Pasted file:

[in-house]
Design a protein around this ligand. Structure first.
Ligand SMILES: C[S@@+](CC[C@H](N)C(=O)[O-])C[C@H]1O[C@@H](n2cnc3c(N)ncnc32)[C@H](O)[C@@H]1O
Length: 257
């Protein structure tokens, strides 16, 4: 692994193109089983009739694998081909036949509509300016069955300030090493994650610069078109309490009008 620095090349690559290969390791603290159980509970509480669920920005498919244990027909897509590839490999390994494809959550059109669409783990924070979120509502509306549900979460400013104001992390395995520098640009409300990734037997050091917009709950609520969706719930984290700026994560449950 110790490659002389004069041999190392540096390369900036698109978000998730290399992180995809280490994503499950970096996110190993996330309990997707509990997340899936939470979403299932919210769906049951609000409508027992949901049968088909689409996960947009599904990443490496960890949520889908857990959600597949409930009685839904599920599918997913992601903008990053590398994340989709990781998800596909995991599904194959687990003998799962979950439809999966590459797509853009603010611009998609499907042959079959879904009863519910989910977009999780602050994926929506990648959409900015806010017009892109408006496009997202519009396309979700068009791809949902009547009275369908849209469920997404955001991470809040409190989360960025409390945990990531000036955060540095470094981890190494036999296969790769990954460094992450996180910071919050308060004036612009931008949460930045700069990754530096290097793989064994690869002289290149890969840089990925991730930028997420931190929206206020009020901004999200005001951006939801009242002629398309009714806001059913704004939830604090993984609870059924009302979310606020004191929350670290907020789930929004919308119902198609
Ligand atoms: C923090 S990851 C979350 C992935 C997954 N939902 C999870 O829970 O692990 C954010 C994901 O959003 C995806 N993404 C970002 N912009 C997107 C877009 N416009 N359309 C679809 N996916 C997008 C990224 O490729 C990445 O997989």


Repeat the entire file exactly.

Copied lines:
[in-house]
Design a protein around this ligand. Structure first.
Ligand SMILES: C[S@@+](CC[C@H](N)C(=O)[O-])C[C@H]1O[C@@H](n2cnc3c(N)ncnc32)[C@H](O)[C@@H]1O
Length: 257
């Protein structure tokens, strides 16, 4: 692994193109089983009739694998081909036949509509300016069955300030090493994650610069078109309490009008 620095090349690559290969390791603290159980509970509480669920920005498919244990027909897509590839490999390994494809959550059109669409783990924070979120509502509306549900979460400013104001992390395995520098640009409300990734037997050091917009709950609520969706719930984290700026994560449950 110790490659002389004069041999190392540096390369900036698109978000998730290399992180995809280490994503499950970096996110190993996330309990997707509990997340899936939470979403299932919210769906049951609000409508027992949901049968088909689409996960947009599904990443490496960890949520889908857990959600597949409930009685839904599920599918997913992601903008990053590398994340989709990781998800596909995991599904194959687990003998799962979950439809999966590459797509853009603010611009998609499907042959079959879904009863519910989910977009999780602050994926929506990648959409900015806010017009892109408006496009997202519009396309979700068009791809949902009547009275369908849209469920997404955001991470809040409190989360960025409390945990990531000036955060540095470094981890190494036999296969790769990954460094992450996180910071919050308060004036612009931008949460930045700069990754530096290097793989064994690869002289290149890969840089990925991730930028997420931190929206206020009020901004999200005001951006939801009242002629398309009714806001059913704004939830604090993984609870059924009302979310606020004191929350670290907020789930929004919308119902198609
Ligand atoms: C923090 S990851 C979350 C992935 C997954 N939902 C999870 O829970 O692990 C954010 C994901 O959003 C995806 N993404 C970002 N912009 C997107 C877009 N416009 N359309 C679809 N996916 C997008 C990224 O490729 C990445 O997989």